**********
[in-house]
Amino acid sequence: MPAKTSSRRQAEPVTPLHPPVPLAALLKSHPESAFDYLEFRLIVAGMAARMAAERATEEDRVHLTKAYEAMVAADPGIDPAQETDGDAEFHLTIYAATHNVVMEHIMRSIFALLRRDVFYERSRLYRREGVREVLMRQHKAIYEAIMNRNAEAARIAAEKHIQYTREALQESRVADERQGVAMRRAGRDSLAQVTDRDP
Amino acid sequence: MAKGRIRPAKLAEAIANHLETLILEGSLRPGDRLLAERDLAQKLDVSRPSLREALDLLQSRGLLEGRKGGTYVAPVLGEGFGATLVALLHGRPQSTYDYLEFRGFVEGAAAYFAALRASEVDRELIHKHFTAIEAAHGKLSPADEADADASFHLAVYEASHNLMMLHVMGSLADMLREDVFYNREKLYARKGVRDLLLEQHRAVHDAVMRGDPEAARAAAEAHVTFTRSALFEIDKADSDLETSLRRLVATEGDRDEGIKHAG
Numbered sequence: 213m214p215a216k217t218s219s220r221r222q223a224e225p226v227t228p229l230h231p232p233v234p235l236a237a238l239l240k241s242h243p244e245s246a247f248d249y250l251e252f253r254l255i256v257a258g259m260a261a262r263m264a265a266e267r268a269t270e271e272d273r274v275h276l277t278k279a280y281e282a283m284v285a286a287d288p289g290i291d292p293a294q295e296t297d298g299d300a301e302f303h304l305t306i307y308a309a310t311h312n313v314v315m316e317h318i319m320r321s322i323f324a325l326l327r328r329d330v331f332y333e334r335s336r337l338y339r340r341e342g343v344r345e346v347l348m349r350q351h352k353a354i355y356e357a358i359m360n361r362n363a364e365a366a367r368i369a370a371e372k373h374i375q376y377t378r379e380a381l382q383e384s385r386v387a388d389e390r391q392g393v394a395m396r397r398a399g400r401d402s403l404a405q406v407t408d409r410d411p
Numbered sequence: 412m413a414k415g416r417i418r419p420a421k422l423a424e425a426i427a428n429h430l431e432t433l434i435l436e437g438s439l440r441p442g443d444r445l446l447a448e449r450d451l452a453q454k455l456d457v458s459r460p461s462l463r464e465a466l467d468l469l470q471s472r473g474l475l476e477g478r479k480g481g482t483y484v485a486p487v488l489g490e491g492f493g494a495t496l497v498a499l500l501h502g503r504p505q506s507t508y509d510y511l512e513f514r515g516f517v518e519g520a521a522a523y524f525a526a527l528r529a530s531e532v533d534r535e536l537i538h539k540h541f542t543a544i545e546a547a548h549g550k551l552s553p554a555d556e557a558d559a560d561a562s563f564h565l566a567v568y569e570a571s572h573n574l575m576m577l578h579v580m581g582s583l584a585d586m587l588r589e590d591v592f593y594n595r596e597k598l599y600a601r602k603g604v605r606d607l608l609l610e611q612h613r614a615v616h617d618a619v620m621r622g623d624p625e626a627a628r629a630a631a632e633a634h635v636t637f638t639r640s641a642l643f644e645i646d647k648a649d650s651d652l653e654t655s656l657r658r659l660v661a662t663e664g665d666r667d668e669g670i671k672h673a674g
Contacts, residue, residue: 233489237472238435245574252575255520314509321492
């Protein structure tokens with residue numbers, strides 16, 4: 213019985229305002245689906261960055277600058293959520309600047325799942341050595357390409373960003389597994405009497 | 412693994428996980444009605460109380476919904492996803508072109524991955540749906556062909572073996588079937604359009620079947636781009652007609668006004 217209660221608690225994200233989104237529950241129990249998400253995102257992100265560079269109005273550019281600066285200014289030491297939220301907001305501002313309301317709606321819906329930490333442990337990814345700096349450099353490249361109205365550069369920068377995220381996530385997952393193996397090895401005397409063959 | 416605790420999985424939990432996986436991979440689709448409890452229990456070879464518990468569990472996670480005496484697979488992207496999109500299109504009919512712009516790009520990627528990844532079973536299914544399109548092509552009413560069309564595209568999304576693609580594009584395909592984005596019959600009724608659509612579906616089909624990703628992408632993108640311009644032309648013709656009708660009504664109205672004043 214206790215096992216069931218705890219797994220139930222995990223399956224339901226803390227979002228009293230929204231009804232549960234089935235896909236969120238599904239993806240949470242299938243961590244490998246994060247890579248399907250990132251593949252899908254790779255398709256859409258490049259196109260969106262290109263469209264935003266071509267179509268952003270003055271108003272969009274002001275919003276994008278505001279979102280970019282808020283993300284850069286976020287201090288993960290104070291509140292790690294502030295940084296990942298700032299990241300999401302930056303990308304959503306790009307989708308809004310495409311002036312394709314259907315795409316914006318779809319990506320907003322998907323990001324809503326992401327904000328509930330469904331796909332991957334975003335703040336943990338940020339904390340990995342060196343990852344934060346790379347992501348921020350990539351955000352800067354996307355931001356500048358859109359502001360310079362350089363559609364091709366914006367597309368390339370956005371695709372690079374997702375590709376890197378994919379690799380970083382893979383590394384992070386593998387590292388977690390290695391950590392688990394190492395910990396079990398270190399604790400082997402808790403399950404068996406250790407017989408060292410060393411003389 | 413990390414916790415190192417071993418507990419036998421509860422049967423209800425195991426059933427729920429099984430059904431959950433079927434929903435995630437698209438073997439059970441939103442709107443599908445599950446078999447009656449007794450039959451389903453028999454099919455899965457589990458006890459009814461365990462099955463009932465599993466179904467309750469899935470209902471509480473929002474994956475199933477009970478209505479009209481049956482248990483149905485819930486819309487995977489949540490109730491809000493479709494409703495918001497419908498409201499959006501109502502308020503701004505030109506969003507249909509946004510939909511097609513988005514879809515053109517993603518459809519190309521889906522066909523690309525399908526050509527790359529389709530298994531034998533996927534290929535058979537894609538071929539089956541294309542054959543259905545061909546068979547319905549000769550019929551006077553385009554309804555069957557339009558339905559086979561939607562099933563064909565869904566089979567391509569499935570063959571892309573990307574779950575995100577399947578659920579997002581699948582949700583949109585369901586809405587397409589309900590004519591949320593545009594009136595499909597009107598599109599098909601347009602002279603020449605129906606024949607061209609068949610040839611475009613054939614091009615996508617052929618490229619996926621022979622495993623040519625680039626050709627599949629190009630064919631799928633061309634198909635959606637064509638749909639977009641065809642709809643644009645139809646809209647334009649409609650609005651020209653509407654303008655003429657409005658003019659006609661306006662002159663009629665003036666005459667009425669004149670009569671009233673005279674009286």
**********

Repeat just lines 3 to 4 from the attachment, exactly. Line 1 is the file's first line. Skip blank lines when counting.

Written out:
Amino acid sequence: MAKGRIRPAKLAEAIANHLETLILEGSLRPGDRLLAERDLAQKLDVSRPSLREALDLLQSRGLLEGRKGGTYVAPVLGEGFGATLVALLHGRPQSTYDYLEFRGFVEGAAAYFAALRASEVDRELIHKHFTAIEAAHGKLSPADEADADASFHLAVYEASHNLMMLHVMGSLADMLREDVFYNREKLYARKGVRDLLLEQHRAVHDAVMRGDPEAARAAAEAHVTFTRSALFEIDKADSDLETSLRRLVATEGDRDEGIKHAG
Numbered sequence: 213m214p215a216k217t218s219s220r221r222q223a224e225p226v227t228p229l230h231p232p233v234p235l236a237a238l239l240k241s242h243p244e245s246a247f248d249y250l251e252f253r254l255i256v257a258g259m260a261a262r263m264a265a266e267r268a269t270e271e272d273r274v275h276l277t278k279a280y281e282a283m284v285a286a287d288p289g290i291d292p293a294q295e296t297d298g299d300a301e302f303h304l305t306i307y308a309a310t311h312n313v314v315m316e317h318i319m320r321s322i323f324a325l326l327r328r329d330v331f332y333e334r335s336r337l338y339r340r341e342g343v344r345e346v347l348m349r350q351h352k353a354i355y356e357a358i359m360n361r362n363a364e365a366a367r368i369a370a371e372k373h374i375q376y377t378r379e380a381l382q383e384s385r386v387a388d389e390r391q392g393v394a395m396r397r398a399g400r401d402s403l404a405q406v407t408d409r410d411p